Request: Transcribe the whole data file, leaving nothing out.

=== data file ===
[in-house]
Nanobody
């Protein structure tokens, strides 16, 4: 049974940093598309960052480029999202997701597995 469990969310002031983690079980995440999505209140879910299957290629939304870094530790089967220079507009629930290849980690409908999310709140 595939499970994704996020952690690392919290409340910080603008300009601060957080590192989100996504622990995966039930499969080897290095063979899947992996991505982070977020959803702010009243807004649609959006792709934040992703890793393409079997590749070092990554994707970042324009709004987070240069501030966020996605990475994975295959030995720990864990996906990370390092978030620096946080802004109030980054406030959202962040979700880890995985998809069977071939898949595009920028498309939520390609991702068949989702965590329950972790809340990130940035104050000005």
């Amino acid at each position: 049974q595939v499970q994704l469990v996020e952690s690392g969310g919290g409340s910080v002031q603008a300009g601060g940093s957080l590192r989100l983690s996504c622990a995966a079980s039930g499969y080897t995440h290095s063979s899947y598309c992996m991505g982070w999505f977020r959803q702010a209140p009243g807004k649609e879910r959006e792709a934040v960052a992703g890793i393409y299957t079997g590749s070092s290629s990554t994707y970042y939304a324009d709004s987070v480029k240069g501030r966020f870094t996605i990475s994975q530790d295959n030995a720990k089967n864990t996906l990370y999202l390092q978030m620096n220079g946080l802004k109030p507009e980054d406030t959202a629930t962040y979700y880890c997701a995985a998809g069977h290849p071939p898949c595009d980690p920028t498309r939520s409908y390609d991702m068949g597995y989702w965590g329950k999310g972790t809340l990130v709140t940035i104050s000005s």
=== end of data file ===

[in-house]
Nanobody
């Protein structure tokens, strides 16, 4: 049974940093598309960052480029999202997701597995 469990969310002031983690079980995440999505209140879910299957290629939304870094530790089967220079507009629930290849980690409908999310709140 595939499970994704996020952690690392919290409340910080603008300009601060957080590192989100996504622990995966039930499969080897290095063979899947992996991505982070977020959803702010009243807004649609959006792709934040992703890793393409079997590749070092990554994707970042324009709004987070240069501030966020996605990475994975295959030995720990864990996906990370390092978030620096946080802004109030980054406030959202962040979700880890995985998809069977071939898949595009920028498309939520390609991702068949989702965590329950972790809340990130940035104050000005």
């Amino acid at each position: 049974q595939v499970q994704l469990v996020e952690s690392g969310g919290g409340s910080v002031q603008a300009g601060g940093s957080l590192r989100l983690s996504c622990a995966a079980s039930g499969y080897t995440h290095s063979s899947y598309c992996m991505g982070w999505f977020r959803q702010a209140p009243g807004k649609e879910r959006e792709a934040v960052a992703g890793i393409y299957t079997g590749s070092s290629s990554t994707y970042y939304a324009d709004s987070v480029k240069g501030r966020f870094t996605i990475s994975q530790d295959n030995a720990k089967n864990t996906l990370y999202l390092q978030m620096n220079g946080l802004k109030p507009e980054d406030t959202a629930t962040y979700y880890c997701a995985a998809g069977h290849p071939p898949c595009d980690p920028t498309r939520s409908y390609d991702m068949g597995y989702w965590g329950k999310g972790t809340l990130v709140t940035i104050s000005s």